A Sad Day in Ramah Camping, A Hopeful Day in Jewish Education

Today was a day of sadness and disappointment for thousands of campers, families, alum and supporters of Ramah camps across the US and Canada.  By the end of the day, nearly all overnight and day camps announced they will not “open for business” at all this summer.   So many sad posts on Facebook, moving videos from camp directors and tears from oldest edah campers who won’t have the final camp experience they have been dreaming about for years.

On the same day, over 100 educators from across the US (and some from abroad) gathered for a Zoom webinar sponsored by the Jewish Education Project, entitled “Adapting: The Future of Jewish Education”-A Conversation with David Bryfman and Meredith Lewis.   While Dr. Bryfman, Chief Executive Officer (CEO) of The Jewish Education Project, is an impressive educator and an excellent interviewer, it is Ms. Lewis who has a most impressive job title: Director of Content, Education, and Family Experience for PJ Library in North America.  As part of her job, she manages the creation of books and other new content, oversees PJ Library’s role in the field of Jewish education, and serves as the chief “knower” of families for the PJ Library enterprise.  She truly is a “knower,” as evidenced by the thoughtful, informative answers offered to the questions asked by Bryfman and webinar participants.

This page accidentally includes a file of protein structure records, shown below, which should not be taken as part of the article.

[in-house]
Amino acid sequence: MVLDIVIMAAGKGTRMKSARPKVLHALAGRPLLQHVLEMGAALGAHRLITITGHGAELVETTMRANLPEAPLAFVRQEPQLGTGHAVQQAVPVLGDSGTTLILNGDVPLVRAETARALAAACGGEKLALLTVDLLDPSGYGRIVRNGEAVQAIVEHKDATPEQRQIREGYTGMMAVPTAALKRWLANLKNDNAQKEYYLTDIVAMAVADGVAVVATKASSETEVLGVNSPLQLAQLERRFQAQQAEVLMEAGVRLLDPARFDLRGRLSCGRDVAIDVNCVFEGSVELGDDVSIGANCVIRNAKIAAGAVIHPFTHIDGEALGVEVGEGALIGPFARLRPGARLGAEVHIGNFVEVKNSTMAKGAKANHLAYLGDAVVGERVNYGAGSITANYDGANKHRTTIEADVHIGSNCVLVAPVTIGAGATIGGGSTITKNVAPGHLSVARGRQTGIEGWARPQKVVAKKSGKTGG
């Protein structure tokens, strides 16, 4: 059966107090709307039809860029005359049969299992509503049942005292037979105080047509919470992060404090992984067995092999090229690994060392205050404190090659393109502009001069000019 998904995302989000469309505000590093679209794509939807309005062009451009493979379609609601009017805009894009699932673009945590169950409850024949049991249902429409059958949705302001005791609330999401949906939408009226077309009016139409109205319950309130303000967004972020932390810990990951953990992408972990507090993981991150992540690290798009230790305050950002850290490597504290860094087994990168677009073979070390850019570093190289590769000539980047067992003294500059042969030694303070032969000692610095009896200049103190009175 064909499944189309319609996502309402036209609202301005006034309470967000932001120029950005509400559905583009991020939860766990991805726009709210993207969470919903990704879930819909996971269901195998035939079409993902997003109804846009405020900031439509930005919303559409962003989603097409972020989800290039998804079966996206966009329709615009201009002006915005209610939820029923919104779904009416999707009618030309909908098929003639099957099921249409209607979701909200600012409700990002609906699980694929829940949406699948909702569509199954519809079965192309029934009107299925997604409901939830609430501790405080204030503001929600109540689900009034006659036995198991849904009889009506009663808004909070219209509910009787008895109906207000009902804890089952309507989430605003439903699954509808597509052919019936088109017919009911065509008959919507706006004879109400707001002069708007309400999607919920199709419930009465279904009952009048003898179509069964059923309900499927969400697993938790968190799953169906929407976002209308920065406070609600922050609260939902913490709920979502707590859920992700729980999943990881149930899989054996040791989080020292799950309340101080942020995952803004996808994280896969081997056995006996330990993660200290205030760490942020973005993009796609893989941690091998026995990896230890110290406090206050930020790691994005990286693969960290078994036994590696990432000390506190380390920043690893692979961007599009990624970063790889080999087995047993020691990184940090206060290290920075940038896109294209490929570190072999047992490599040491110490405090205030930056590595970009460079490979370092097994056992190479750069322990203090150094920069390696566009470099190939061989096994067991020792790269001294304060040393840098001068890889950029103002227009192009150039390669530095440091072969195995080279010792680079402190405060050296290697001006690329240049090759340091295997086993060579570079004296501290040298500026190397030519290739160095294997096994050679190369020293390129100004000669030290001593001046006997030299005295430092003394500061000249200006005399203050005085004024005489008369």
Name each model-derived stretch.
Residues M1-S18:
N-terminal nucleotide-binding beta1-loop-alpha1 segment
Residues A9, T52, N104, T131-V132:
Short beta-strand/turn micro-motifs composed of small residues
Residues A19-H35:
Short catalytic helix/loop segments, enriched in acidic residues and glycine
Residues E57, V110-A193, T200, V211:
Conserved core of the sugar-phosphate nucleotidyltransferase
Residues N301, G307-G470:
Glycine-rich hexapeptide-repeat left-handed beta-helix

Lewis shared the impressive history of PJ Library.  Thanks to the generosity of Harold Grinspoon and the Harold Grinspoon Foundation, more than 200,000 families in the US and over 750,000 around the world have had their knowledge of Jewish life and their connection to the Jewish People expanded and enhanced.  Perhaps more importantly, they have been exposed, as Lewis describes, to “the diversity of the Jewish population.”  Through Jewish books, readers learn about families with two fathers, and about Jews of color.  As someone who spends so much time in the Jewish disabilities inclusion space, I was delighted to learn PJ Library is looking for manuscripts about disabilities inclusion and is thoughtfully trying to address how to portray (in children’s picture books) people with invisible disabilities and mental health issues. 

What a treat to hear how PJ Library works with over 200 partners in North America on the important and evolving work of Jewish Engagement.  Keep up the great work!

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